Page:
Today a friend of mine sent me a link to an online store run by an animal rescue program. He was interested in buying some of the products from the store, but wanted to know if I'd heard of the organization, and if it was legit. My answer to my friend was that if what he was really looking for were the products (and the stuff this site was selling was pretty nifty and right up his alley), then it wouldn't hurt him to go ahead and buy the stuff - and maybe some of the money would indeed end up helping the animals. However, as the goods in question would've been pricey to produce, the amount per item that would actually go to helping animals would probably be rather low. As such, if his main goal was to help animals, he'd be better off going to a local animal shelter/rescue and donating to them directly. I've actually been thinking about this all day, and figured it was worth a post.
A lot of people want to help animals. Not everyone can take in large numbers of animals - but just because you can't have a ginormous four-legged menagerie doesn't mean you don't want to help out. So, what should you do? What shouldn't you do?
Donate to a local animal shelter or rescue.
Many caring and well-meaning folks donate every year to the Humane Society of the United States (HSUS). Don't do this. If you really, truly want to help animals, do not donate to HSUS. Contrary to popular belief, they do not fund and rarely ever assist local animal shelters. You have an organization in your town with the words "humane society" in its name? It's just a name; they do not receive money from HSUS. I used to work at a small local animal shelter that had "humane society" in its name - it was a high-kill pound that received $0/year from HSUS... and nearly every day I heard at least one local resident mention how they regularly donated to HSUS. These people were always shocked to learn that we received nothing from HSUS. Find out what animal shelters and rescues are located in your area and donate to them directly. (For more information on the misleading fundraising techniques of HSUS, click here.)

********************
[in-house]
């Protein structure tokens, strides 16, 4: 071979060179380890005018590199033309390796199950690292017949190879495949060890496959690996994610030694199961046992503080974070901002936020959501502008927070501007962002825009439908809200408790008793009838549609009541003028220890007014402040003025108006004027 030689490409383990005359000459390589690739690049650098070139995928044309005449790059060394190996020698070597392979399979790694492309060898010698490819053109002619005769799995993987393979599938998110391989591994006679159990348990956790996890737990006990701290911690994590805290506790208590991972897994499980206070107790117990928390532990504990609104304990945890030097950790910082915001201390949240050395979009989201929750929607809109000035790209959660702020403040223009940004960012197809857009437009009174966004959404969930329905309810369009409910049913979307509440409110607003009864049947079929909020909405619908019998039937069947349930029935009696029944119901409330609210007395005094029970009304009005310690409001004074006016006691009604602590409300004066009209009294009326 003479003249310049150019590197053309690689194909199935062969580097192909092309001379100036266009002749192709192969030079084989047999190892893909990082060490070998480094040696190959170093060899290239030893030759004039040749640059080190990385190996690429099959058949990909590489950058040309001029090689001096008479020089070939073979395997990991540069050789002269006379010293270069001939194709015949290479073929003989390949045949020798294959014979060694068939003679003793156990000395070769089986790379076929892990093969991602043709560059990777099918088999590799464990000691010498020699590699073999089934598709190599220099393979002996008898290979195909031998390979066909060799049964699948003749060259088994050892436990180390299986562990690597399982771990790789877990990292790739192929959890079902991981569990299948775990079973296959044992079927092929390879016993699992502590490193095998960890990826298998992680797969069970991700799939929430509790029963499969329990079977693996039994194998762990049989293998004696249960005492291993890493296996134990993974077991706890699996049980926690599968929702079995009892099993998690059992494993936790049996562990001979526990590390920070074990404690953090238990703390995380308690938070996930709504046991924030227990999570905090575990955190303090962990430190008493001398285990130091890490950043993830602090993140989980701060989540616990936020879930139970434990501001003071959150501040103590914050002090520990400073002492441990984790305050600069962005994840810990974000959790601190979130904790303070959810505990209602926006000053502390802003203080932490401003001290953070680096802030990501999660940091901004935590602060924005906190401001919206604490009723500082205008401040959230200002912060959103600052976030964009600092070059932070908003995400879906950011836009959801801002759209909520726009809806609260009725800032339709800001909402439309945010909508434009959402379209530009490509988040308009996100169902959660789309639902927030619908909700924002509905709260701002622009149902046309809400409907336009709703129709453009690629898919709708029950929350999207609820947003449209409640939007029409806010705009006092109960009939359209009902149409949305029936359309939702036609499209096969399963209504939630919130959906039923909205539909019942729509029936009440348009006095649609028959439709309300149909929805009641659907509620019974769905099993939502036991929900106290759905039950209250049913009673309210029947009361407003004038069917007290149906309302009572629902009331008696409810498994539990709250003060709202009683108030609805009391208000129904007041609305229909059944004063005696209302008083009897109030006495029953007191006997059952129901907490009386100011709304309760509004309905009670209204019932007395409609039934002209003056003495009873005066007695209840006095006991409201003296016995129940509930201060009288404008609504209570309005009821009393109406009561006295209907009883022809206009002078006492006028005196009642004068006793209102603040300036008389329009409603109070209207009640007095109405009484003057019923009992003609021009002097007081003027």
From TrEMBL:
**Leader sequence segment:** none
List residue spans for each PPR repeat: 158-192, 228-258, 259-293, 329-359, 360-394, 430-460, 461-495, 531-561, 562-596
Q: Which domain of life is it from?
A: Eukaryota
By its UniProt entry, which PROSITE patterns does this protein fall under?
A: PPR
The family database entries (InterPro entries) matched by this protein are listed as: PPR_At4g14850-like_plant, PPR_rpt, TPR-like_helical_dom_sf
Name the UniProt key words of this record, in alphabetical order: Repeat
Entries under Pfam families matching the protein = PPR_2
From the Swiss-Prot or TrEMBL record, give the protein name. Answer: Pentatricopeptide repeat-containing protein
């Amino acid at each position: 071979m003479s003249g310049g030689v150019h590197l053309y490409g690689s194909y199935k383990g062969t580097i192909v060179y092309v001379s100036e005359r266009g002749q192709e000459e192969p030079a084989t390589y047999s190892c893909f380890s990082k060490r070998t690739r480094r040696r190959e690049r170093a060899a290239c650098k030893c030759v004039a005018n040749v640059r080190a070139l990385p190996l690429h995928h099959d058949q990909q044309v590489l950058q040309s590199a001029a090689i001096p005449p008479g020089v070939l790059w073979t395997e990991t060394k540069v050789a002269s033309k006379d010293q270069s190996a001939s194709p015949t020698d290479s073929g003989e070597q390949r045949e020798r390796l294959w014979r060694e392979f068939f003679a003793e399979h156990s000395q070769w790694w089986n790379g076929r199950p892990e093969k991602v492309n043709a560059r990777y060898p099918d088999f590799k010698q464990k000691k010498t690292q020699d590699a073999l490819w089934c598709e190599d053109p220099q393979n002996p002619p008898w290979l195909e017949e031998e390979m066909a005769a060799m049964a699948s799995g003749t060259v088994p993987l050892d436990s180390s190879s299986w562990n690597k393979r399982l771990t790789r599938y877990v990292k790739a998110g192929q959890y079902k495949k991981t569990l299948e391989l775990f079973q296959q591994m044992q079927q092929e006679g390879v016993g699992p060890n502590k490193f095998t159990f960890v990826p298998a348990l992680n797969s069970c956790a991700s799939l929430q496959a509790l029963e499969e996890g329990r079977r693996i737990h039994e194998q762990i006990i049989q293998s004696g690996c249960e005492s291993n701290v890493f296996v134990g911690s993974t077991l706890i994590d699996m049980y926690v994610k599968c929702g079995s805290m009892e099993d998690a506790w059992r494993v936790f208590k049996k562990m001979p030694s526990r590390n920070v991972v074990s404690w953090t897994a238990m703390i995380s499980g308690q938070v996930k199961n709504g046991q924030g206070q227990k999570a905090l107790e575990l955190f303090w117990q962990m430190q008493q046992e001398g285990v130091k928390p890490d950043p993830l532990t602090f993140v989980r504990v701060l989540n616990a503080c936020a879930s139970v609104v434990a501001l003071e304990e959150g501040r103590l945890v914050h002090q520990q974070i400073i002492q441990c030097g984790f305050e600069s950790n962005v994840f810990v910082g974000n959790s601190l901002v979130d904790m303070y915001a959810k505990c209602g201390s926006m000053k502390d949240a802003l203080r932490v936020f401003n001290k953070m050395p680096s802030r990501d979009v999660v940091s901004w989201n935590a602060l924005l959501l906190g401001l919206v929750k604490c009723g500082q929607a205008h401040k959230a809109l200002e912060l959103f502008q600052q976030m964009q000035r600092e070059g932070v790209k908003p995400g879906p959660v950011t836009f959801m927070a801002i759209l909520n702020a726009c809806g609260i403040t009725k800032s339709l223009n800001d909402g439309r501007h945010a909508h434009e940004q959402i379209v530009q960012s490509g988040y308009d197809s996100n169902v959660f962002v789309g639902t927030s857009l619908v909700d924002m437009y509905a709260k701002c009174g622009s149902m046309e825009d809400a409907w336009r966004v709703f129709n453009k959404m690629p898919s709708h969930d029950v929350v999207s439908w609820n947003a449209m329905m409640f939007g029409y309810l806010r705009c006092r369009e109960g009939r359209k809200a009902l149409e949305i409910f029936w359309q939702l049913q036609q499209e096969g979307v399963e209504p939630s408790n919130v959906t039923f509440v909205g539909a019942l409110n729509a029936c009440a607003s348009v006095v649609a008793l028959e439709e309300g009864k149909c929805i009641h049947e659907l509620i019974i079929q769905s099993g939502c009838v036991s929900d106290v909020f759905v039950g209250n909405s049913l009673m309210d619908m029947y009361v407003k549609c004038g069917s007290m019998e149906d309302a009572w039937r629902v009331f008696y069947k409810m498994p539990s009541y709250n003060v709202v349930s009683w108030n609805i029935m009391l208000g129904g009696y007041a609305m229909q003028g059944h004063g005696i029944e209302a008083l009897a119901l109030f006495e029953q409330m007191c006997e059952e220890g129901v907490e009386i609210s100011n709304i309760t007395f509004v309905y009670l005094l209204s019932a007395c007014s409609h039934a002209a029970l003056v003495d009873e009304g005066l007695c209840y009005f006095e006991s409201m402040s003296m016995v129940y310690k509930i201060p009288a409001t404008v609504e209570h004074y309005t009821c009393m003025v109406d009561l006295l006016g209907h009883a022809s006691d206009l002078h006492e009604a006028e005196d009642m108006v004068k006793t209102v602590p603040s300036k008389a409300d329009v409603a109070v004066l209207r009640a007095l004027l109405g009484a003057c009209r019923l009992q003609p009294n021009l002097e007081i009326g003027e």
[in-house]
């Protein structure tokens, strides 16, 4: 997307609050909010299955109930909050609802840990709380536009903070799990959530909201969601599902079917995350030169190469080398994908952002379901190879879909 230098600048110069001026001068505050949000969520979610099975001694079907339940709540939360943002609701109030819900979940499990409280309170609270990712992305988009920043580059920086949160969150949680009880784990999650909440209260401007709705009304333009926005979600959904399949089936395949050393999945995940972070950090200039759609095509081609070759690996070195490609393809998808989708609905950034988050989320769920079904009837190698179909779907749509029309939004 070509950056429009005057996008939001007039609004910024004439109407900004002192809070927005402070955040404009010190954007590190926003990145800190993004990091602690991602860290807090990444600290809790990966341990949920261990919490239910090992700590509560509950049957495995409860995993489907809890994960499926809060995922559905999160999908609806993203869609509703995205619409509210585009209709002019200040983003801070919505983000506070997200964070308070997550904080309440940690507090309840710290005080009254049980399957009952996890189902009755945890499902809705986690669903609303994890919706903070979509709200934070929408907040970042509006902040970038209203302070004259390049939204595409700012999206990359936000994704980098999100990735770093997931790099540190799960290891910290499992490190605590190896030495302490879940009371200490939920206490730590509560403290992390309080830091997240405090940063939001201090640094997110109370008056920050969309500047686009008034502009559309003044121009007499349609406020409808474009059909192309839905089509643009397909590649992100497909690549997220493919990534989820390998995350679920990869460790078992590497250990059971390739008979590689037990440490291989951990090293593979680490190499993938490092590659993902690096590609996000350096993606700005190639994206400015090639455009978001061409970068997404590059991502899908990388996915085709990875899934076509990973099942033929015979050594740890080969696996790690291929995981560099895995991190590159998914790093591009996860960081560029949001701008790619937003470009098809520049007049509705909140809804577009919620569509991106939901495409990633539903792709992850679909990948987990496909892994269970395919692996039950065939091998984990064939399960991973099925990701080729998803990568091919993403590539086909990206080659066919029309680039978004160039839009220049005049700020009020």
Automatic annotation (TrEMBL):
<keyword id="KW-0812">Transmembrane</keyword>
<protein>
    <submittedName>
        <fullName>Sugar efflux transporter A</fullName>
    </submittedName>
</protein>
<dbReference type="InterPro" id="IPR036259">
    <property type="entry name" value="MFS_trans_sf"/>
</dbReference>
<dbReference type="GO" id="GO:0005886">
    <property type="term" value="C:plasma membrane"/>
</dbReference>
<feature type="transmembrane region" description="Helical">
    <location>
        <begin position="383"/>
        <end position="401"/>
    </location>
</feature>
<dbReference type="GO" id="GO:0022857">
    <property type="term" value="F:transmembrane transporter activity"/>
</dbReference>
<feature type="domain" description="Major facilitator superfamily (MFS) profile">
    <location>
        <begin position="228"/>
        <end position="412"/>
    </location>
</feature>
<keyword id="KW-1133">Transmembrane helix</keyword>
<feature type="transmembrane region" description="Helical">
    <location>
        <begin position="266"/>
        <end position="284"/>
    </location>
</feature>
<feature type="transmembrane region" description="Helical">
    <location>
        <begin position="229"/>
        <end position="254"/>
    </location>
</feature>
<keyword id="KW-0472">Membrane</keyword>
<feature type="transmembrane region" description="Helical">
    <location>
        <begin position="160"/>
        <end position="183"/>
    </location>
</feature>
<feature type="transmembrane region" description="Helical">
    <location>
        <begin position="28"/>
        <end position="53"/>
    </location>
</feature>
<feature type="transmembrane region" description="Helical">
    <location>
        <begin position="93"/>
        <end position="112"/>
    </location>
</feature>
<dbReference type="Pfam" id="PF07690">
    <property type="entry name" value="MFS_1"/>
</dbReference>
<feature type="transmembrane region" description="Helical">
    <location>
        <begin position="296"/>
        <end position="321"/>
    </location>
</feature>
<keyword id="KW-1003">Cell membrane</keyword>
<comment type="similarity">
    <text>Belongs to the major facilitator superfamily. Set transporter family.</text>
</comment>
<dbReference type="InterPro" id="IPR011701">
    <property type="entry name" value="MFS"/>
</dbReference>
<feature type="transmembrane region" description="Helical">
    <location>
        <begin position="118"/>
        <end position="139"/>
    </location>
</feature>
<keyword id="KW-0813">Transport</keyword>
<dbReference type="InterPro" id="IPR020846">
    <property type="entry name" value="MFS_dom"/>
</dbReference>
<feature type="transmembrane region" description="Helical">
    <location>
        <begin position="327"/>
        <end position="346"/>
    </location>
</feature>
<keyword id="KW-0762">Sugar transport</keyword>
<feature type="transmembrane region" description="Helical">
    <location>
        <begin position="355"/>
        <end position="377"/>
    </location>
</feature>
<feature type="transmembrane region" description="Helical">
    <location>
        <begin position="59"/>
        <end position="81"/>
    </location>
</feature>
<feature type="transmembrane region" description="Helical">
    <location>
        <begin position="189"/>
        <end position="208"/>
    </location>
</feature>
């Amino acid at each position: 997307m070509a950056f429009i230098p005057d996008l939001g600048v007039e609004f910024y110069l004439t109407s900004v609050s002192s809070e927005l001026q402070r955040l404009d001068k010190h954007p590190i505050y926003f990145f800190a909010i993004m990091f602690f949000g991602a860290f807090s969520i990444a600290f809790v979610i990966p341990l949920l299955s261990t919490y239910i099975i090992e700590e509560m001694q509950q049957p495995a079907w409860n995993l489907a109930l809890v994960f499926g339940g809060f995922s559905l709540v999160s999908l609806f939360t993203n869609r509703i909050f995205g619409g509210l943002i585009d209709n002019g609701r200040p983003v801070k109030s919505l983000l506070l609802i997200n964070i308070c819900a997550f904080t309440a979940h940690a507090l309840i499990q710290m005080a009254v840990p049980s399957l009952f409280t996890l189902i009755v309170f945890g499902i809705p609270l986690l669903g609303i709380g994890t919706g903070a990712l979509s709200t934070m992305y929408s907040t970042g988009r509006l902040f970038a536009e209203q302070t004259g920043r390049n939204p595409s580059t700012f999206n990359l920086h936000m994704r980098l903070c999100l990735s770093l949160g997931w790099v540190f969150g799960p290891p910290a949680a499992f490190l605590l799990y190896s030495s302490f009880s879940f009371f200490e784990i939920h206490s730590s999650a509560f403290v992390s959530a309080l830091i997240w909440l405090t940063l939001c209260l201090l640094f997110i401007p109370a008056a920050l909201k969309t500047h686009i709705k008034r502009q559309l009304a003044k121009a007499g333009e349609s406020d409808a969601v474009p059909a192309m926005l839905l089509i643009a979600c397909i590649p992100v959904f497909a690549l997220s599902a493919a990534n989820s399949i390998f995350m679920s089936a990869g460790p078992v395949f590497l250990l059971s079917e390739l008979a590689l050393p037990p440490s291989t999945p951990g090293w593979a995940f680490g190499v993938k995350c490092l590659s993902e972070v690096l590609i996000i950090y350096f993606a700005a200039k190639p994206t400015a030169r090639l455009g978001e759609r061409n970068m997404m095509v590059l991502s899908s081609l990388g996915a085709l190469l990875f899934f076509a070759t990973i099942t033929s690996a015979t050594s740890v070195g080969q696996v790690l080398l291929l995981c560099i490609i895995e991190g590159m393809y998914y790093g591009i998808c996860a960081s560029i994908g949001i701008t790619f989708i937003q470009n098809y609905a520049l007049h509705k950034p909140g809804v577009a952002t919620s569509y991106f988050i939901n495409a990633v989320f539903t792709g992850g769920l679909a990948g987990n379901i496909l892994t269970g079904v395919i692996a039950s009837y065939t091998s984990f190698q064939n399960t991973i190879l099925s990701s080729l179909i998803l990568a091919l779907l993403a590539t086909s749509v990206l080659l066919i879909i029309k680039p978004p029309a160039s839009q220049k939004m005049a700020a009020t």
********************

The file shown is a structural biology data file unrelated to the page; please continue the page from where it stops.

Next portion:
Do your research.
Everybody loves a big fat check, but just because you want that check to go towards vet care doesn't mean it isn't going to go towards the boss's vacation fund. Yes, I'm cynical. I've also seen a scam artists use their "rescues" as a way to live high on the hog. Be careful. Do your research; google is a wonderful tool. In addition to googling - if it's a local organization, go and visit! Check it out, see if they're doing what they claim to be doing. Get to know the people working there, the people running the place, the animals. There are many, many wonderful animal rescue organizations out there; just be sure you're giving to one of the good guys.
Don't (necessarily) just cut a check.
If you're concerned that your donations may or may not go directly to the animals, there are other options to just forking over dough. If an organization is asking for money to cover vet care, ask for the veterinarian's information. Provide the money to the vet clinic directly. If the organization needs money to cover food costs, contact a local pet-food store and set up an account to be used for animal food only. You can also donate things: food, blankets, beds, cages, bowls... but before you buy, ask the organization what they need. They might have more pet food than they eat through before it goes bad, but be desperately in need of winter blankets. Or they might have a year's supply of cat food and only a week's supply of dog food. You never know until you ask.
Lots of organizations (and this goes for ALL charities, not just animal-related ones) sell things to raise money. It's a great way to convince people to part with their cash, and a lot of the things sold by these organizations are pretty awesome... but these things take money to produce. A $10 t-shirt might only net the organization $2. If it's a super awesome t-shirt that you really want, buy it! But if you just want to help the organization, simply give them the $10 (or see above and below for other options).
If you have the time and want to help, this is a great thing to do. This helps the animals and the staff - and it will give you an idea of whether or not this is a place you want to donate your hard earned cash to. Depending on the organization, volunteering can include cleaning (sweeping, raking, cleaning cages/pens, laundry), socializing with the animals, grooming animals, feeding animals, walking dogs, yard work, fund raising, construction, transportation, fostering, web design, and more. Again, you never know what kind of help a place needs until you ask.